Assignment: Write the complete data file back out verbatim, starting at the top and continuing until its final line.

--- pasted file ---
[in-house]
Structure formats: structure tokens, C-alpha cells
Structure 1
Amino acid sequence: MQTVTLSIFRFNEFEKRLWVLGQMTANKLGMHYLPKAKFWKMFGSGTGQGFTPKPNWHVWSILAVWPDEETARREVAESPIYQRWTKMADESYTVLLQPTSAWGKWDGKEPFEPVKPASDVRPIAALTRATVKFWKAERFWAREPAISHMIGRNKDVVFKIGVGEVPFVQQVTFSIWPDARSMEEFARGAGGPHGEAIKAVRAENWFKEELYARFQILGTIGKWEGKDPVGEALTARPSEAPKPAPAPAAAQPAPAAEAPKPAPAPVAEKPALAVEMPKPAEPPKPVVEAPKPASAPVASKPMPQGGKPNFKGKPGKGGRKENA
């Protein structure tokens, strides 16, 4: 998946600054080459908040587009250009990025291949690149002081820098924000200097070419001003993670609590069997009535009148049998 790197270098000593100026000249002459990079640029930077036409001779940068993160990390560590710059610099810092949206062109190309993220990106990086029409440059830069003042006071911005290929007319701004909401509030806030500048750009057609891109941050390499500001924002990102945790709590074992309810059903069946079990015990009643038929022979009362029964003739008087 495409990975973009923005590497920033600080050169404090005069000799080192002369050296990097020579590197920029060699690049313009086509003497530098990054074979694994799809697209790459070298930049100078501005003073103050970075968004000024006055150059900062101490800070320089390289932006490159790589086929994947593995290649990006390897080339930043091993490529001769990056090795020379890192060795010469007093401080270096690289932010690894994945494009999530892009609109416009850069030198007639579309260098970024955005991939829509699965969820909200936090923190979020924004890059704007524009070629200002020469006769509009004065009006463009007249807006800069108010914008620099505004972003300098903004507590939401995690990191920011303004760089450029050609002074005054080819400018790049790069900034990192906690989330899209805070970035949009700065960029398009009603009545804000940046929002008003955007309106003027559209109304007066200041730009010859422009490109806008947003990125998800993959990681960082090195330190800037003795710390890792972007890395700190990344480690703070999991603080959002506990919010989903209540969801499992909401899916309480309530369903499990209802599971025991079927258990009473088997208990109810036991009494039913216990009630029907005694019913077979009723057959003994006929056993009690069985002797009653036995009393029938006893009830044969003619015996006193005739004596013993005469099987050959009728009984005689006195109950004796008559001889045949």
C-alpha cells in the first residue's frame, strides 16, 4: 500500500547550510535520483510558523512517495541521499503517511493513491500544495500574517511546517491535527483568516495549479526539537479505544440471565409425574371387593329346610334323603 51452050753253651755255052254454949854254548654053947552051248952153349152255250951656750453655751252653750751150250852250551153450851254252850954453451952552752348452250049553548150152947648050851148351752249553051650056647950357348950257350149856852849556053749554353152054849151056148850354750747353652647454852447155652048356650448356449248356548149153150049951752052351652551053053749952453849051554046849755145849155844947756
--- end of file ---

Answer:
[in-house]
Structure formats: structure tokens, C-alpha cells
Structure 1
Amino acid sequence: MQTVTLSIFRFNEFEKRLWVLGQMTANKLGMHYLPKAKFWKMFGSGTGQGFTPKPNWHVWSILAVWPDEETARREVAESPIYQRWTKMADESYTVLLQPTSAWGKWDGKEPFEPVKPASDVRPIAALTRATVKFWKAERFWAREPAISHMIGRNKDVVFKIGVGEVPFVQQVTFSIWPDARSMEEFARGAGGPHGEAIKAVRAENWFKEELYARFQILGTIGKWEGKDPVGEALTARPSEAPKPAPAPAAAQPAPAAEAPKPAPAPVAEKPALAVEMPKPAEPPKPVVEAPKPASAPVASKPMPQGGKPNFKGKPGKGGRKENA
């Protein structure tokens, strides 16, 4: 998946600054080459908040587009250009990025291949690149002081820098924000200097070419001003993670609590069997009535009148049998 790197270098000593100026000249002459990079640029930077036409001779940068993160990390560590710059610099810092949206062109190309993220990106990086029409440059830069003042006071911005290929007319701004909401509030806030500048750009057609891109941050390499500001924002990102945790709590074992309810059903069946079990015990009643038929022979009362029964003739008087 495409990975973009923005590497920033600080050169404090005069000799080192002369050296990097020579590197920029060699690049313009086509003497530098990054074979694994799809697209790459070298930049100078501005003073103050970075968004000024006055150059900062101490800070320089390289932006490159790589086929994947593995290649990006390897080339930043091993490529001769990056090795020379890192060795010469007093401080270096690289932010690894994945494009999530892009609109416009850069030198007639579309260098970024955005991939829509699965969820909200936090923190979020924004890059704007524009070629200002020469006769509009004065009006463009007249807006800069108010914008620099505004972003300098903004507590939401995690990191920011303004760089450029050609002074005054080819400018790049790069900034990192906690989330899209805070970035949009700065960029398009009603009545804000940046929002008003955007309106003027559209109304007066200041730009010859422009490109806008947003990125998800993959990681960082090195330190800037003795710390890792972007890395700190990344480690703070999991603080959002506990919010989903209540969801499992909401899916309480309530369903499990209802599971025991079927258990009473088997208990109810036991009494039913216990009630029907005694019913077979009723057959003994006929056993009690069985002797009653036995009393029938006893009830044969003619015996006193005739004596013993005469099987050959009728009984005689006195109950004796008559001889045949």
C-alpha cells in the first residue's frame, strides 16, 4: 500500500547550510535520483510558523512517495541521499503517511493513491500544495500574517511546517491535527483568516495549479526539537479505544440471565409425574371387593329346610334323603 51452050753253651755255052254454949854254548654053947552051248952153349152255250951656750453655751252653750751150250852250551153450851254252850954453451952552752348452250049553548150152947648050851148351752249553051650056647950357348950257350149856852849556053749554353152054849151056148850354750747353652647454852447155652048356650448356449248356548149153150049951752052351652551053053749952453849051554046849755145849155844947756